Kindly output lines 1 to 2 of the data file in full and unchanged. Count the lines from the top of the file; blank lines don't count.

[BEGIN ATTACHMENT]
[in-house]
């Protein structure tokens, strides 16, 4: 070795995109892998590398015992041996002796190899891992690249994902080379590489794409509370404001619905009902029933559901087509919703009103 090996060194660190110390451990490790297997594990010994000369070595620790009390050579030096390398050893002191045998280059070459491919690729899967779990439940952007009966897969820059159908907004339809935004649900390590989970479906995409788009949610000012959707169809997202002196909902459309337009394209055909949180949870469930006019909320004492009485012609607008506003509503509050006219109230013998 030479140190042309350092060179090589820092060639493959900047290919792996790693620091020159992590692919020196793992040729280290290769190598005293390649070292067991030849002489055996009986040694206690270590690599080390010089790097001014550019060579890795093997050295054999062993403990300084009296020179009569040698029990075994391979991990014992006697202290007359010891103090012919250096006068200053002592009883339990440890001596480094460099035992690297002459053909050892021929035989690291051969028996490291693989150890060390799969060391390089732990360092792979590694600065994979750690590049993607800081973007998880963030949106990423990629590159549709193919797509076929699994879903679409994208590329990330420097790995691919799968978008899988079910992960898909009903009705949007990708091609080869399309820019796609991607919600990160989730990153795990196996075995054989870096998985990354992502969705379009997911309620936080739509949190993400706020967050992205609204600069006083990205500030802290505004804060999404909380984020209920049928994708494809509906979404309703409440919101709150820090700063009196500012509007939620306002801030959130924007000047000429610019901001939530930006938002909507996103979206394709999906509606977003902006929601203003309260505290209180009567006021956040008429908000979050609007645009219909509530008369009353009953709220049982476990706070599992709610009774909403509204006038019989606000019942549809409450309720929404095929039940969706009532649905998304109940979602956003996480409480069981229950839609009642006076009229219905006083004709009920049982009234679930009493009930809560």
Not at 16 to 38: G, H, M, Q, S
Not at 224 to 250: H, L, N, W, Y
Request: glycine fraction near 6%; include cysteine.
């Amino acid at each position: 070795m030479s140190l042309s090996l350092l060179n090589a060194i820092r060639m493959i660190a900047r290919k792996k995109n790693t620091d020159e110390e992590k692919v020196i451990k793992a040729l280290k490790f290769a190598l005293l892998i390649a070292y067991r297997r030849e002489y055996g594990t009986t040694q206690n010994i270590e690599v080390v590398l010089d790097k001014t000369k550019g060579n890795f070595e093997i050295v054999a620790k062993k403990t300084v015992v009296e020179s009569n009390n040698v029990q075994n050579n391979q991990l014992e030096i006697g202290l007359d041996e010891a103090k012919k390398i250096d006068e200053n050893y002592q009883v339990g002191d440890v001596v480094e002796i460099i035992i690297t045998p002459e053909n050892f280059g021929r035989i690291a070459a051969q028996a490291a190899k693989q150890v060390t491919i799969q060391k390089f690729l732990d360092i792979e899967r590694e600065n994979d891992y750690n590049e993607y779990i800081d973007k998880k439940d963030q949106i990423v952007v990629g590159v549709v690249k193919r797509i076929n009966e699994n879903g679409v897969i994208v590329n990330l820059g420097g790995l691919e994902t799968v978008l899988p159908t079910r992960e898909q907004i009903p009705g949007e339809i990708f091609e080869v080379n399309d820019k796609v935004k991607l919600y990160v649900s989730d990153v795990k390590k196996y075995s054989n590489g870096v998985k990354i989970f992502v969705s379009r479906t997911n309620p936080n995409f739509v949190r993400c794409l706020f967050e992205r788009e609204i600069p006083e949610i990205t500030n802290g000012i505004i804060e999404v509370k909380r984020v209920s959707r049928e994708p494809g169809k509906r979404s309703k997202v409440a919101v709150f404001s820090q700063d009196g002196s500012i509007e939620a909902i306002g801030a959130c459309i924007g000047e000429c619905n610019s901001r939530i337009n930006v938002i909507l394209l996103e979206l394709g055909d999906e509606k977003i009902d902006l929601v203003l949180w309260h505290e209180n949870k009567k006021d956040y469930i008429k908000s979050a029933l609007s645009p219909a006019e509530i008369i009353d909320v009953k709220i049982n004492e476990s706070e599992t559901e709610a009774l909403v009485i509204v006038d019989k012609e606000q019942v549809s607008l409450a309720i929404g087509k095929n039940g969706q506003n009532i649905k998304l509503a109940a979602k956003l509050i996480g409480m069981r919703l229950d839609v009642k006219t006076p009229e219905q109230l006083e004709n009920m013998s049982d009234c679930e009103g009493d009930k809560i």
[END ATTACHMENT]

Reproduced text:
[in-house]
């Protein structure tokens, strides 16, 4: 070795995109892998590398015992041996002796190899891992690249994902080379590489794409509370404001619905009902029933559901087509919703009103 090996060194660190110390451990490790297997594990010994000369070595620790009390050579030096390398050893002191045998280059070459491919690729899967779990439940952007009966897969820059159908907004339809935004649900390590989970479906995409788009949610000012959707169809997202002196909902459309337009394209055909949180949870469930006019909320004492009485012609607008506003509503509050006219109230013998 030479140190042309350092060179090589820092060639493959900047290919792996790693620091020159992590692919020196793992040729280290290769190598005293390649070292067991030849002489055996009986040694206690270590690599080390010089790097001014550019060579890795093997050295054999062993403990300084009296020179009569040698029990075994391979991990014992006697202290007359010891103090012919250096006068200053002592009883339990440890001596480094460099035992690297002459053909050892021929035989690291051969028996490291693989150890060390799969060391390089732990360092792979590694600065994979750690590049993607800081973007998880963030949106990423990629590159549709193919797509076929699994879903679409994208590329990330420097790995691919799968978008899988079910992960898909009903009705949007990708091609080869399309820019796609991607919600990160989730990153795990196996075995054989870096998985990354992502969705379009997911309620936080739509949190993400706020967050992205609204600069006083990205500030802290505004804060999404909380984020209920049928994708494809509906979404309703409440919101709150820090700063009196500012509007939620306002801030959130924007000047000429610019901001939530930006938002909507996103979206394709999906509606977003902006929601203003309260505290209180009567006021956040008429908000979050609007645009219909509530008369009353009953709220049982476990706070599992709610009774909403509204006038019989606000019942549809409450309720929404095929039940969706009532649905998304109940979602956003996480409480069981229950839609009642006076009229219905006083004709009920049982009234679930009493009930809560």